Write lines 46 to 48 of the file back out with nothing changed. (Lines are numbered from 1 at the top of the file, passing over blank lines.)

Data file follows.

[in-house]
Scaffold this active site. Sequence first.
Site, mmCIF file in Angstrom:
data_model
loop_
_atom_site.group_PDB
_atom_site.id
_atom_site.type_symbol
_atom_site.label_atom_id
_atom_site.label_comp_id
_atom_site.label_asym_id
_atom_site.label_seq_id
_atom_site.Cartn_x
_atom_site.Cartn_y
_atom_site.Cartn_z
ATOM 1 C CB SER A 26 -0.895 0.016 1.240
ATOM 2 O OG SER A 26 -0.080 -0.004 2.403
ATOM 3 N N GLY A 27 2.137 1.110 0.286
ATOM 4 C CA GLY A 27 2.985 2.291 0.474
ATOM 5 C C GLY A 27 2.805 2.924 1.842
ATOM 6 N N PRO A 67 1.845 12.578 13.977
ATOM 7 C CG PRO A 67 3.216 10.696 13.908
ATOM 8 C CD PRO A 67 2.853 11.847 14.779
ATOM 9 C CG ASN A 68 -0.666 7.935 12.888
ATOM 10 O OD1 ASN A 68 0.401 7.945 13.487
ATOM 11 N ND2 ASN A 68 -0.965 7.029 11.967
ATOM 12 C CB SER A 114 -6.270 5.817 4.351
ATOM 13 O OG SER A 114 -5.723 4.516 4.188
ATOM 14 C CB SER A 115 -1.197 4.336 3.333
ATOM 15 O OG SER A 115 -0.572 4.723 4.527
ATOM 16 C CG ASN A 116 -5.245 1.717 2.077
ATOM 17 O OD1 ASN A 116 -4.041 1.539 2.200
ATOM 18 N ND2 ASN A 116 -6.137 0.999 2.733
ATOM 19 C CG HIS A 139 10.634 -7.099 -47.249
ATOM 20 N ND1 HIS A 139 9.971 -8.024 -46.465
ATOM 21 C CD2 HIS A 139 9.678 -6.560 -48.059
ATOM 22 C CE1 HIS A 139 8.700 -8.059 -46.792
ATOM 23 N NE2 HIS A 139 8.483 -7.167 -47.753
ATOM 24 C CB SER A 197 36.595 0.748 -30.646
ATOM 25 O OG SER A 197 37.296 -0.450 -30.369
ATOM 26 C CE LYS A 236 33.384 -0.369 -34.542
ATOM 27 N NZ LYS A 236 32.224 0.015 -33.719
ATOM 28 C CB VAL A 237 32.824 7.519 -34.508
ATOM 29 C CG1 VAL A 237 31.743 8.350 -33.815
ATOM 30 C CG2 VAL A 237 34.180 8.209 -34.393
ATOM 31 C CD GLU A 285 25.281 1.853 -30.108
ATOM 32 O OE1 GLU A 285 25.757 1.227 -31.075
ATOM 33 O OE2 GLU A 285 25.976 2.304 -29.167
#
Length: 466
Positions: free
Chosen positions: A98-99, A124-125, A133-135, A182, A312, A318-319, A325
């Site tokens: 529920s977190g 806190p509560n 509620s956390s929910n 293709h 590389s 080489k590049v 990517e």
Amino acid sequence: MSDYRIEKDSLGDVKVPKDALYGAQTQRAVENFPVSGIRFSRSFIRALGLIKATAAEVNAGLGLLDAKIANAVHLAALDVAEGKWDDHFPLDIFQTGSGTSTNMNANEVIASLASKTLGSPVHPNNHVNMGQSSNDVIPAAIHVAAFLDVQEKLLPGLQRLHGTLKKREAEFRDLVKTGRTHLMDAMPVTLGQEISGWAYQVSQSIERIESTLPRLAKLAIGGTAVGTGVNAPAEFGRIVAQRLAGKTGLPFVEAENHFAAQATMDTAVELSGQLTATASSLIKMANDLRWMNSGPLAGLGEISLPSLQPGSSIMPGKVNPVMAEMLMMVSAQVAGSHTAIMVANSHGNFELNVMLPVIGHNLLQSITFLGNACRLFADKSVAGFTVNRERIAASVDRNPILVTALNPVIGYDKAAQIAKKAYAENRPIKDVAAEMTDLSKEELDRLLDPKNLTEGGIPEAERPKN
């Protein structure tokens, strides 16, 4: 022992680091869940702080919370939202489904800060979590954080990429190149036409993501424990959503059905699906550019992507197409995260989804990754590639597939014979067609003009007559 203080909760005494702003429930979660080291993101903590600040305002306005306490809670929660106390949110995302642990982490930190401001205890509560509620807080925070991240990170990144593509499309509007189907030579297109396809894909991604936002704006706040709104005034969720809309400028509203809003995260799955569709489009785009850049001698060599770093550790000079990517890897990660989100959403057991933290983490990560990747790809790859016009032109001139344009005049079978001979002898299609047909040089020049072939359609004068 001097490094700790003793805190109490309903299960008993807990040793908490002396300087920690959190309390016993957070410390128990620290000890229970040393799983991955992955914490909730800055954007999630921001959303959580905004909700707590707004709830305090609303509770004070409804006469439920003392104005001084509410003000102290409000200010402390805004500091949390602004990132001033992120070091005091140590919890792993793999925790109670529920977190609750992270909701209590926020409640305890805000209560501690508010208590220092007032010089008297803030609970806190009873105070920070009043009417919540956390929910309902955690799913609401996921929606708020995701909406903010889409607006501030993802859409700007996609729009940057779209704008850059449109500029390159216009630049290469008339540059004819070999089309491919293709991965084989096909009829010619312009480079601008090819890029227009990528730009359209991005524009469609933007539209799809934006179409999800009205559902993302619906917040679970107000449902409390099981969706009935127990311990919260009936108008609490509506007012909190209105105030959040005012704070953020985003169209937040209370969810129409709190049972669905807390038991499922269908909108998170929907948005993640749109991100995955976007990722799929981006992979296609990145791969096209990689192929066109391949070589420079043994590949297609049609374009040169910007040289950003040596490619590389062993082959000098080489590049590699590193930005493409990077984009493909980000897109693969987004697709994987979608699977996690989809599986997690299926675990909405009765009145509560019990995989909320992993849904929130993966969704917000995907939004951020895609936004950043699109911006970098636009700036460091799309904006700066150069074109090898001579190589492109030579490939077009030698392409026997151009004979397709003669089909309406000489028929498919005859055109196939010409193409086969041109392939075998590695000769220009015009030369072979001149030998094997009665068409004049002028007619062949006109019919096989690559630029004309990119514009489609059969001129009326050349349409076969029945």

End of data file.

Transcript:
ATOM 31 C CD GLU A 285 25.281 1.853 -30.108
ATOM 32 O OE1 GLU A 285 25.757 1.227 -31.075
ATOM 33 O OE2 GLU A 285 25.976 2.304 -29.167